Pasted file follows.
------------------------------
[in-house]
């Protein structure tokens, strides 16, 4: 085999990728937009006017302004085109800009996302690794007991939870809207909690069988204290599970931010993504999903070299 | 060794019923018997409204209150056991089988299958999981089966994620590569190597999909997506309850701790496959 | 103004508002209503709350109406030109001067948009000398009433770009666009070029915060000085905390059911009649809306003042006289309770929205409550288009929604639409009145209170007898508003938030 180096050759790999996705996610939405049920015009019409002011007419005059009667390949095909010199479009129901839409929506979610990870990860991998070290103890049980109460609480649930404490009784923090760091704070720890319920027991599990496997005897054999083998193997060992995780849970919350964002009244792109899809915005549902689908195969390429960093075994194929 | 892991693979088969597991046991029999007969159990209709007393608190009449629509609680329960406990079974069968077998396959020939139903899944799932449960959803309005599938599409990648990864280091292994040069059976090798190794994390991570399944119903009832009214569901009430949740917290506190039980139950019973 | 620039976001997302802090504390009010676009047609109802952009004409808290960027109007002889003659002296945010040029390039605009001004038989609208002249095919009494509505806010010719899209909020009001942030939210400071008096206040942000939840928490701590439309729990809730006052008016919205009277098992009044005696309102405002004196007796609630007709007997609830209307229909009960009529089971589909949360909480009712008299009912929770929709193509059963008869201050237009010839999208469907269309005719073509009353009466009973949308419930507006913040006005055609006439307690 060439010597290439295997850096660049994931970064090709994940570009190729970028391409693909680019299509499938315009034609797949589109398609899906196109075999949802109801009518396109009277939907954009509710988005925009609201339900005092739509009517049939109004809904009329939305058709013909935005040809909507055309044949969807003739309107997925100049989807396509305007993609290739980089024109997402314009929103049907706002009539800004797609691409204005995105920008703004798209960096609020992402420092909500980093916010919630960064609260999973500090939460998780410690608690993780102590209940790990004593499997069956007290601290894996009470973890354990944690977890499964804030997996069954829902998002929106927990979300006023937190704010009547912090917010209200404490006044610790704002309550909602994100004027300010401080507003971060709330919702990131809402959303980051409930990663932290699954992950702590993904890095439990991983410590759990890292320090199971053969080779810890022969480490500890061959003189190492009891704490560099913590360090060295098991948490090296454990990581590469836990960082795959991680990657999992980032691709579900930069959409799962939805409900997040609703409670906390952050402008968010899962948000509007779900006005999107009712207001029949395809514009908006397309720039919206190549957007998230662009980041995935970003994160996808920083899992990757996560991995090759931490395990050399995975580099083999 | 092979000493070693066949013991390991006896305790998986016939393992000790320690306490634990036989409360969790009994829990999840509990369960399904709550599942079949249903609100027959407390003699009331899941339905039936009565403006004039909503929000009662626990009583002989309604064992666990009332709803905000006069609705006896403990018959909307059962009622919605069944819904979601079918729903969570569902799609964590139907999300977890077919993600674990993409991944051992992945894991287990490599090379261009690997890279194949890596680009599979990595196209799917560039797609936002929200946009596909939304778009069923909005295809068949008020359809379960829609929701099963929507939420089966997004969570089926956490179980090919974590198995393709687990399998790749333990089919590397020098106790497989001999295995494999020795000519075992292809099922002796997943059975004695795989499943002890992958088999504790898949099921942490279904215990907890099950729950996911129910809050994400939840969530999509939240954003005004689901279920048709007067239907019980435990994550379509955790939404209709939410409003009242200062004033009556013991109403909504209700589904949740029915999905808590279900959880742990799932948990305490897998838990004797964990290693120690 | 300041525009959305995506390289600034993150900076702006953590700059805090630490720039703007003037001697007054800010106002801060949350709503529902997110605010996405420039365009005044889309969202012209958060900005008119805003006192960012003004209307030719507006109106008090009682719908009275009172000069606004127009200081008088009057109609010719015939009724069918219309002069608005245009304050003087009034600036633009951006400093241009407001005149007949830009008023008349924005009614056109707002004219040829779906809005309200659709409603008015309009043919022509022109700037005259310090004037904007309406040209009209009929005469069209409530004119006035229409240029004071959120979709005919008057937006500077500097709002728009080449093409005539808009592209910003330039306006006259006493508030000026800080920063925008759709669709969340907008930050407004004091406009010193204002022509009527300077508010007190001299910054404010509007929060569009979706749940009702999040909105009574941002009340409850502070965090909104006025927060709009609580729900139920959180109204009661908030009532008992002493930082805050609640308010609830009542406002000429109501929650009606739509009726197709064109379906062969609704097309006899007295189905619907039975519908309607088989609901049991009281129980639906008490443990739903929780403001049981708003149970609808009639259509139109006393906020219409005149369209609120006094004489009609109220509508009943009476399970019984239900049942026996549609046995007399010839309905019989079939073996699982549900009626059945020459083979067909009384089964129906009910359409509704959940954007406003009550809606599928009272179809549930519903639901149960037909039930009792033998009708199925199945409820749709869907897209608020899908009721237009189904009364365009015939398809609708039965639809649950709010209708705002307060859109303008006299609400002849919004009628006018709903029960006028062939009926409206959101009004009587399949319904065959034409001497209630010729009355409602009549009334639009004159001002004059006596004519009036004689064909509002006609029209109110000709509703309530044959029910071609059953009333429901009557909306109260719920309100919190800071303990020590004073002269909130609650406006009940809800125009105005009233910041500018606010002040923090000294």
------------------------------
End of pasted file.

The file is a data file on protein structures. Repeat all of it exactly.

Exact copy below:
[in-house]
């Protein structure tokens, strides 16, 4: 085999990728937009006017302004085109800009996302690794007991939870809207909690069988204290599970931010993504999903070299 | 060794019923018997409204209150056991089988299958999981089966994620590569190597999909997506309850701790496959 | 103004508002209503709350109406030109001067948009000398009433770009666009070029915060000085905390059911009649809306003042006289309770929205409550288009929604639409009145209170007898508003938030 180096050759790999996705996610939405049920015009019409002011007419005059009667390949095909010199479009129901839409929506979610990870990860991998070290103890049980109460609480649930404490009784923090760091704070720890319920027991599990496997005897054999083998193997060992995780849970919350964002009244792109899809915005549902689908195969390429960093075994194929 | 892991693979088969597991046991029999007969159990209709007393608190009449629509609680329960406990079974069968077998396959020939139903899944799932449960959803309005599938599409990648990864280091292994040069059976090798190794994390991570399944119903009832009214569901009430949740917290506190039980139950019973 | 620039976001997302802090504390009010676009047609109802952009004409808290960027109007002889003659002296945010040029390039605009001004038989609208002249095919009494509505806010010719899209909020009001942030939210400071008096206040942000939840928490701590439309729990809730006052008016919205009277098992009044005696309102405002004196007796609630007709007997609830209307229909009960009529089971589909949360909480009712008299009912929770929709193509059963008869201050237009010839999208469907269309005719073509009353009466009973949308419930507006913040006005055609006439307690 060439010597290439295997850096660049994931970064090709994940570009190729970028391409693909680019299509499938315009034609797949589109398609899906196109075999949802109801009518396109009277939907954009509710988005925009609201339900005092739509009517049939109004809904009329939305058709013909935005040809909507055309044949969807003739309107997925100049989807396509305007993609290739980089024109997402314009929103049907706002009539800004797609691409204005995105920008703004798209960096609020992402420092909500980093916010919630960064609260999973500090939460998780410690608690993780102590209940790990004593499997069956007290601290894996009470973890354990944690977890499964804030997996069954829902998002929106927990979300006023937190704010009547912090917010209200404490006044610790704002309550909602994100004027300010401080507003971060709330919702990131809402959303980051409930990663932290699954992950702590993904890095439990991983410590759990890292320090199971053969080779810890022969480490500890061959003189190492009891704490560099913590360090060295098991948490090296454990990581590469836990960082795959991680990657999992980032691709579900930069959409799962939805409900997040609703409670906390952050402008968010899962948000509007779900006005999107009712207001029949395809514009908006397309720039919206190549957007998230662009980041995935970003994160996808920083899992990757996560991995090759931490395990050399995975580099083999 | 092979000493070693066949013991390991006896305790998986016939393992000790320690306490634990036989409360969790009994829990999840509990369960399904709550599942079949249903609100027959407390003699009331899941339905039936009565403006004039909503929000009662626990009583002989309604064992666990009332709803905000006069609705006896403990018959909307059962009622919605069944819904979601079918729903969570569902799609964590139907999300977890077919993600674990993409991944051992992945894991287990490599090379261009690997890279194949890596680009599979990595196209799917560039797609936002929200946009596909939304778009069923909005295809068949008020359809379960829609929701099963929507939420089966997004969570089926956490179980090919974590198995393709687990399998790749333990089919590397020098106790497989001999295995494999020795000519075992292809099922002796997943059975004695795989499943002890992958088999504790898949099921942490279904215990907890099950729950996911129910809050994400939840969530999509939240954003005004689901279920048709007067239907019980435990994550379509955790939404209709939410409003009242200062004033009556013991109403909504209700589904949740029915999905808590279900959880742990799932948990305490897998838990004797964990290693120690 | 300041525009959305995506390289600034993150900076702006953590700059805090630490720039703007003037001697007054800010106002801060949350709503529902997110605010996405420039365009005044889309969202012209958060900005008119805003006192960012003004209307030719507006109106008090009682719908009275009172000069606004127009200081008088009057109609010719015939009724069918219309002069608005245009304050003087009034600036633009951006400093241009407001005149007949830009008023008349924005009614056109707002004219040829779906809005309200659709409603008015309009043919022509022109700037005259310090004037904007309406040209009209009929005469069209409530004119006035229409240029004071959120979709005919008057937006500077500097709002728009080449093409005539808009592209910003330039306006006259006493508030000026800080920063925008759709669709969340907008930050407004004091406009010193204002022509009527300077508010007190001299910054404010509007929060569009979706749940009702999040909105009574941002009340409850502070965090909104006025927060709009609580729900139920959180109204009661908030009532008992002493930082805050609640308010609830009542406002000429109501929650009606739509009726197709064109379906062969609704097309006899007295189905619907039975519908309607088989609901049991009281129980639906008490443990739903929780403001049981708003149970609808009639259509139109006393906020219409005149369209609120006094004489009609109220509508009943009476399970019984239900049942026996549609046995007399010839309905019989079939073996699982549900009626059945020459083979067909009384089964129906009910359409509704959940954007406003009550809606599928009272179809549930519903639901149960037909039930009792033998009708199925199945409820749709869907897209608020899908009721237009189904009364365009015939398809609708039965639809649950709010209708705002307060859109303008006299609400002849919004009628006018709903029960006028062939009926409206959101009004009587399949319904065959034409001497209630010729009355409602009549009334639009004159001002004059006596004519009036004689064909509002006609029209109110000709509703309530044959029910071609059953009333429901009557909306109260719920309100919190800071303990020590004073002269909130609650406006009940809800125009105005009233910041500018606010002040923090000294």